The fascinating story of how quantum mechanics went mainstream
The discovery of the quantum—the idea, born in the early 1900s in a remote corner of physics, that energy comes in finite packets instead of infinitely divisible quantities—planted a rich set of metaphors in the popular imagination.
Quantum imagery and language now bombard us like an endless stream of photons. Phrases such as multiverse, quantum leap, alternate universe, the uncertainty principle, and Schrödinger's cat get reinvented continually in cartoons and movies, coffee mugs and T-shirts, and fiction and philosophy—phrases reinterpreted by each new generation of artists and writers.
Is a quantum leap big or small? How uncertain is the uncertainty principle? Is this barrage of quantum vocabulary pretentious and wacky or a fundamental shift in the way we think?
All of the above, say Robert P. Crease and Alfred Scharff Goldhaber in this groundbreaking book. The authors—one a philosopher, the other a physicist—draw on their training and six years of co-teaching to dramatize the quantum's rocky path from scientific theory to public understanding. Together, they and their students explored missteps, mistranslations, jokes, and gibberish in public discussions of the quantum. Their book explores the quantum's manifestations in everything from art and sculpture to the prose of John Updike and David Foster Wallace. The authors reveal the quantum's implications for knowledge, metaphor, intellectual exchange, and the contemporary world. Understanding and appreciating quantum language and imagery, and recognizing its misuse, is part of what it means to be an educated person today.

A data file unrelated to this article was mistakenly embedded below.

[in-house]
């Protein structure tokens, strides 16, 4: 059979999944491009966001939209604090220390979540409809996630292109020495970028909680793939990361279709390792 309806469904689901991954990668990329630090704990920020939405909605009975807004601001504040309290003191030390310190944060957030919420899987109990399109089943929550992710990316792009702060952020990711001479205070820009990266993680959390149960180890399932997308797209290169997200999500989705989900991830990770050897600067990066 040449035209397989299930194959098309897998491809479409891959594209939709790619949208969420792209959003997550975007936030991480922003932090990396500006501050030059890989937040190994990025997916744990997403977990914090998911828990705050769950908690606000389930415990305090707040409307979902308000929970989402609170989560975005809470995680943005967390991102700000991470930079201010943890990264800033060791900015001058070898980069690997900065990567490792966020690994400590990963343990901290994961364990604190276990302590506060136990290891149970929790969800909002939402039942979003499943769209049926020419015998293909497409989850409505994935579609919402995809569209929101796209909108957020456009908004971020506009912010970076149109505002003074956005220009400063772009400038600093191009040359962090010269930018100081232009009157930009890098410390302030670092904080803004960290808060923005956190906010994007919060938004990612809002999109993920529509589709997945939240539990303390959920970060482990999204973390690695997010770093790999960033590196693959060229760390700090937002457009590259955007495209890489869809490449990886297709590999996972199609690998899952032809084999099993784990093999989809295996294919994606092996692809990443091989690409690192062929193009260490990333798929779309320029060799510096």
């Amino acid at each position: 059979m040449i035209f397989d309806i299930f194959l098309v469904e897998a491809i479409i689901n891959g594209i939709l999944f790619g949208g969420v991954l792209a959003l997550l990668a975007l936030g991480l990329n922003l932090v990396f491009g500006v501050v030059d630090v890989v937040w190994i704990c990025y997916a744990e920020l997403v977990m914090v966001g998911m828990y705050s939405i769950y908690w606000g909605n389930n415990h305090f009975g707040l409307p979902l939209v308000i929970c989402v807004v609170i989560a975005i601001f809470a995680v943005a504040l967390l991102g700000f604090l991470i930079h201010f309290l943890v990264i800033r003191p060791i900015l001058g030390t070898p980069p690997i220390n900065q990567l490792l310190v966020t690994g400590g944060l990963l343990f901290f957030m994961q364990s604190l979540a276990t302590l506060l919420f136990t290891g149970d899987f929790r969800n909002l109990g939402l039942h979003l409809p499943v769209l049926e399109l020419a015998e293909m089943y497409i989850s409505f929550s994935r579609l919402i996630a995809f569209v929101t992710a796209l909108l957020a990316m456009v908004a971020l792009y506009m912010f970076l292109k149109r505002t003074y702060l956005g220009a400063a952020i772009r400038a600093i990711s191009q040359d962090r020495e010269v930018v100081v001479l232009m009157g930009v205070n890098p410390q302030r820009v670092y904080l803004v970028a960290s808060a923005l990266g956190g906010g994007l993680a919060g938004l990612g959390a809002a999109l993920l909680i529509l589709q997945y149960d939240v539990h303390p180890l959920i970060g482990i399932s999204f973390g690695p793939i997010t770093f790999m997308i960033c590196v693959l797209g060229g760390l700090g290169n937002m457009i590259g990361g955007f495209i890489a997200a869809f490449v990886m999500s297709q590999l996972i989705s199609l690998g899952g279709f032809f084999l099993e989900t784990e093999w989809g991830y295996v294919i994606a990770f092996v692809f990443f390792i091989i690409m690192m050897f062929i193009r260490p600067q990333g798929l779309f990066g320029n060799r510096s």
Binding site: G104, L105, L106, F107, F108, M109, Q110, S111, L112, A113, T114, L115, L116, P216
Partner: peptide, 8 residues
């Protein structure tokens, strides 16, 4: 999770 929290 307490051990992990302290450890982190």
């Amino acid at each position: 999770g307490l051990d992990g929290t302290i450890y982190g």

The result is a celebration of language at the interface of physics and culture, perfect for anyone drawn to the infinite variety of ideas.
Download and start listening now!
“Through the authors’ careful and vivid
storytelling, science and culture inspire and reflect one another, from
Einstein’s theories of relativity to Heisenberg’s uncertainty principle to
modern conceptions of causality. The authors keep their discussions of these
dense topics clear and fun to read without sacrificing detail…Crease and
Goldhaber provide an excellent reminder that quantum mechanics affects so much
of what we do and say and that concepts imagined one hundred years ago will
influence the physical and intellectual spaces we inhabit in the future. Always
entertaining and meticulously composed, this book will reorient your
relationship with the quantum.”
Kirkus Reviews (starred review)
want to comprehend quantum physics, creativity, metaphor in physics, and
the history of modern quantum physics will enjoy this work. A lighter
read than a science text, this is more accessible to the average person
and will be enjoyed by creative readers who have a scientific leaning.”
— Library Journal (starred review)
“Readers will learn to appreciate the imaginative
process that transforms quantum formulas into new metaphors for understanding
the human condition. An exhilarating romp for the intellectually adventurous!”